Leafly: You’re from Senegal and your tablemates are from Morocco and Algeria. Is Bluebird where you first met?
Pape Dioum: Yeah. We connected because our countries are similar. And never has something gone wrong between us.
I’m not a fan of coffeeshops. Why do I come here? Because when I come here, I see lots of different nationalities. And I’m used to seeing all these nationalities, so I don’t get bored. I speak French, I speak Italian, I speak English, I speak Dutch.
What do you do?
I’m a musician. If you look on YouTube, you can see my music. I play guitar, I sing. My old band, Senemali, was the top band from Africa in Holland. We played all the festivals.
When did you come here?
In 1971, and when I came to Europe, I didn’t come by plane. I went alone from Senegal to Mali; Mali to Ivory Coast; Ivory Coast to Burkina Faso; Burkina Faso to Niger—Agadez. From Agadez I went to Tamanrasset, which is between Niamey and Algeria. I crossed the desert 10,000 kilometers, through to Tunisia. There I took a car between Tunis and Tripoli. Then I went to Libya in 1972, three years into the time of Nixon. I went to work in Benghazi, for five months, in the desert. It was like military work. At that time, I was 19.
Do you like life in the Netherlands?
Yeah, I mean, I like it everywhere. Anywhere I go, I can be with the people because when I look at people, I don’t look at their religion. I don’t look for religion, I look only at the person. That’s all. As long as you respect me, you can be any religion, you can be any color. People are people.
But now I’m going back home. I live 10% in the Netherlands, 90% in Senegal. I’ve lived here, so I know the mentality. Europe is selfishness, individualism, paranoia. Europe is like a jail, to us. You are so onto yourself: your Frigidaire, your pindakass [“peanut butter”], your Coca-Cola. Nobody can come between. So when you are a buitenlander [“foreigner”] and you live here for a long time, you leave Papa, you leave Mama, you leave country, you leave land—especially land. It’s something you cannot explain to a person who is not a buitenlander.
I have three sons. They were born here, but when they were young, I would bring them to Senegal every two years. I’ve spoken to them in Wolof, my language, ever since they were born because I wouldn’t want them to feel like strangers in my country tomorrow.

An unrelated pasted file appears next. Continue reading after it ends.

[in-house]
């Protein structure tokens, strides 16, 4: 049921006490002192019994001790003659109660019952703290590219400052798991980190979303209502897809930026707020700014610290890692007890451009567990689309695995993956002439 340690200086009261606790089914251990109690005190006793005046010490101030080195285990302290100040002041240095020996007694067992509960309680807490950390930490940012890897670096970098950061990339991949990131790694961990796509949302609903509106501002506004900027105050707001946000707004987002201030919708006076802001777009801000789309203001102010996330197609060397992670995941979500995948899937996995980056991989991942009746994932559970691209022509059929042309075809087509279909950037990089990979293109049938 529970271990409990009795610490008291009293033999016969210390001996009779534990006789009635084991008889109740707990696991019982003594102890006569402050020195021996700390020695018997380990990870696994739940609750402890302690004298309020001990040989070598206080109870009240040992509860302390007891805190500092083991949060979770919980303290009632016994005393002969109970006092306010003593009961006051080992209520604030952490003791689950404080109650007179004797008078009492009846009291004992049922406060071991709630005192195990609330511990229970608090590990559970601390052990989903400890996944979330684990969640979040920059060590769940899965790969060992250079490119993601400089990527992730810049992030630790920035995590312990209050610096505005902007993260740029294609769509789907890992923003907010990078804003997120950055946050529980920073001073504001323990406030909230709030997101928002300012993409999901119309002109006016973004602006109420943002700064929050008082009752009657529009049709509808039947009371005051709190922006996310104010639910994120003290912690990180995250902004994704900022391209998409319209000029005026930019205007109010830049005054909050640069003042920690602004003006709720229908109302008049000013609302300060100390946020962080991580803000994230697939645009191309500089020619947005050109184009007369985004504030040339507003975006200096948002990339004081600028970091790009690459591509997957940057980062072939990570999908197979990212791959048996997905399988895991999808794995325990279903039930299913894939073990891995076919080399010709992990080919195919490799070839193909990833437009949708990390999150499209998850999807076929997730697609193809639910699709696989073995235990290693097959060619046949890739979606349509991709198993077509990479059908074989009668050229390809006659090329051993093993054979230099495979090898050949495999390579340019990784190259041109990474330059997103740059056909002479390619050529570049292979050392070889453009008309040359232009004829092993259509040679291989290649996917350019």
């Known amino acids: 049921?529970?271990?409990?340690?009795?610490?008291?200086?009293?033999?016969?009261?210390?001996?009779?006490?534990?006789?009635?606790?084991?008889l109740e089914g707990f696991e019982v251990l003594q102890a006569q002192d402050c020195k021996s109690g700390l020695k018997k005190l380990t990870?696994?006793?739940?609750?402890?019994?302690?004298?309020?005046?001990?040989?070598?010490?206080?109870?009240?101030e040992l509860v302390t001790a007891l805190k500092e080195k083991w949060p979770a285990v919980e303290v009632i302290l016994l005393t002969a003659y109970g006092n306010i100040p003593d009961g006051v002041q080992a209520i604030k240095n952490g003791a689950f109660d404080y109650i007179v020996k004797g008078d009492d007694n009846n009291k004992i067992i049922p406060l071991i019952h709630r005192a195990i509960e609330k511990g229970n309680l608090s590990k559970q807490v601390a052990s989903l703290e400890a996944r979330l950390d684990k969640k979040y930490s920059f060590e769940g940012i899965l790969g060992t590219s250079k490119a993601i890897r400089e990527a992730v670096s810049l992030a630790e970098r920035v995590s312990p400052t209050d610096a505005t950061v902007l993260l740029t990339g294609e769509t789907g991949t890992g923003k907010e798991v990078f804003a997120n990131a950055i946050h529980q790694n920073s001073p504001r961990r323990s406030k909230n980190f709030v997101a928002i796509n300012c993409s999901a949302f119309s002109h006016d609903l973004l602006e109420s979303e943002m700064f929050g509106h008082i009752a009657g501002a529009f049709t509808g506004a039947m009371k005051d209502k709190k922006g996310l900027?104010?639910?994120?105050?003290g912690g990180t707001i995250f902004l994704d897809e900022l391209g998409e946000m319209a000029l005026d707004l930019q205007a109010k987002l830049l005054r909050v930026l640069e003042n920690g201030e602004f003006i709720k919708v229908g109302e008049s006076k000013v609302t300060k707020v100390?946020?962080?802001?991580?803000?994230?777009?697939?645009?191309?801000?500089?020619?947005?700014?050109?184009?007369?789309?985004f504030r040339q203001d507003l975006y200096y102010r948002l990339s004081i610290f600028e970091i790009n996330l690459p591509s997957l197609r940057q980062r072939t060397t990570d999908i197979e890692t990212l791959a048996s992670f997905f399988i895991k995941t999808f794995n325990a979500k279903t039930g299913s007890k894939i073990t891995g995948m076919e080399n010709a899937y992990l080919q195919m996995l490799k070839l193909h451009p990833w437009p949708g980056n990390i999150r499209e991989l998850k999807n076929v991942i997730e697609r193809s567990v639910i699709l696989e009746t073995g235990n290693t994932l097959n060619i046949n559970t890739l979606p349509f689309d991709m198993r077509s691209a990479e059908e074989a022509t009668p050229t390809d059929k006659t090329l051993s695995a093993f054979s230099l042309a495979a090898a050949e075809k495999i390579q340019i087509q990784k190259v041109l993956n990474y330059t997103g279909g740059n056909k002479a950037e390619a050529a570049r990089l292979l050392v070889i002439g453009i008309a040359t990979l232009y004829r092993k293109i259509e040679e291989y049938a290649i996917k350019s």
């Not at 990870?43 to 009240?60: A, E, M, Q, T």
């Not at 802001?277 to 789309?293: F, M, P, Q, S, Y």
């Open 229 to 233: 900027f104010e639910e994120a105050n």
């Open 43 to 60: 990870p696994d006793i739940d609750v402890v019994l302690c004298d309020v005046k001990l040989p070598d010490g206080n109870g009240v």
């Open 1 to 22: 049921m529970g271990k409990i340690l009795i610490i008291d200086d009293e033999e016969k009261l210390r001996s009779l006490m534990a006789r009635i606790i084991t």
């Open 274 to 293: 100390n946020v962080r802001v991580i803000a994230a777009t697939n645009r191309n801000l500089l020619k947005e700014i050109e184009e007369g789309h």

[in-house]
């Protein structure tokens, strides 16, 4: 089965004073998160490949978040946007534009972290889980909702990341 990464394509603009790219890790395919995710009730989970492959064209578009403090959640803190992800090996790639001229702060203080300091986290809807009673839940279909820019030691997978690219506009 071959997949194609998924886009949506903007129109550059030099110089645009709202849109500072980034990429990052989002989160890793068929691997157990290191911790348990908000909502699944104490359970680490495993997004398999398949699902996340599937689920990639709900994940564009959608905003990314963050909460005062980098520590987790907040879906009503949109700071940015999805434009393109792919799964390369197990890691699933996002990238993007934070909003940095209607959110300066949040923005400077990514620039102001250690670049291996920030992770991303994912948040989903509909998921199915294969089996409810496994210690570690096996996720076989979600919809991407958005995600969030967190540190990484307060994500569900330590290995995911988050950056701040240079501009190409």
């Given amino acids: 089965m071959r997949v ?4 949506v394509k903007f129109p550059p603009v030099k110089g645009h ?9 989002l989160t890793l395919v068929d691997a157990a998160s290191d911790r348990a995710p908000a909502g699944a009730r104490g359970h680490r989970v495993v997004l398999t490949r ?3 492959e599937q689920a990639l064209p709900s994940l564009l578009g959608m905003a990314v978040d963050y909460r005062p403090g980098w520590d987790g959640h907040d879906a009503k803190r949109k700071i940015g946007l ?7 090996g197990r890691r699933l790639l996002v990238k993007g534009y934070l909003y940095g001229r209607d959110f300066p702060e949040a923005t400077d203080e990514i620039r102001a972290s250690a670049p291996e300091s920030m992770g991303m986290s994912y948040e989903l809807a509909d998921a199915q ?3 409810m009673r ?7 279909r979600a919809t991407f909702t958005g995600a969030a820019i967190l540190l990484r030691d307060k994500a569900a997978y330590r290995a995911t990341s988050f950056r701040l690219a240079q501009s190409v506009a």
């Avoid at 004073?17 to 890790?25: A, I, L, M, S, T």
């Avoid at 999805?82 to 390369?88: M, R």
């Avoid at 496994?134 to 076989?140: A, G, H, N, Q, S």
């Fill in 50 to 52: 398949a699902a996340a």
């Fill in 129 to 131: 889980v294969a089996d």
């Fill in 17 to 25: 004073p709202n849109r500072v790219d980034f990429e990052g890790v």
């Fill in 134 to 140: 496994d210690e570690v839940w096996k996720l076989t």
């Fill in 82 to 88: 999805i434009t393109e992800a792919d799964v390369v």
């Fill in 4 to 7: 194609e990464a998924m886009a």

Americans are more open than Europeans. They are more friendly. Americans say: “Hey, hi! Hey, how you doing, man?” You say: “Oh, fine.” To a European, you say: “Hi.” Oooh, the reaction is like a crocodile—they look at you like this. America is different. I know because I lived there. I was a DJ in a discotheque. It was the time of disco, of Donna Summer, Eddie Pendergrast. I was there living in New York. Every night, I’d go to the club until 6 o’clock in the morning, high [laughs]. Completely high. All the stars I met in Studio 54: Michael Jackson, OJ Simpson, all these people.
Who was the biggest celebrity you crossed paths with?
I have all these pictures in my house documenting what I’m telling you because I’m a man who collects memories from all my journeys. From St. Tropez I know all these people because I lived there as a DJ, the first black man in St. Tropez who worked all the clubs, where Brigitte Bardot would come, Alain Delon would come. Michel Polnareff. Michel Sardou. Charles Aznavour. All these people, I would see them comme ça—like that. Every night they’d come where I work, they’d sit, they’d dance.
Johnny Hallyday is the first guy who gave me a joint because he was in the club where I was playing. He comes and he says—they called me “Jackson” because they didn’t know me as “Pape” in St. Tropez—“Hey, Jackson, let’s go outside.” So we go outside. Je fume [“I smoke”; laughs]. Everybody remembers the first time they smoked a joint. Everybody.
This interview has been condensed and lightly edited for clarity.
Lead image: Karina Hof for Leafly.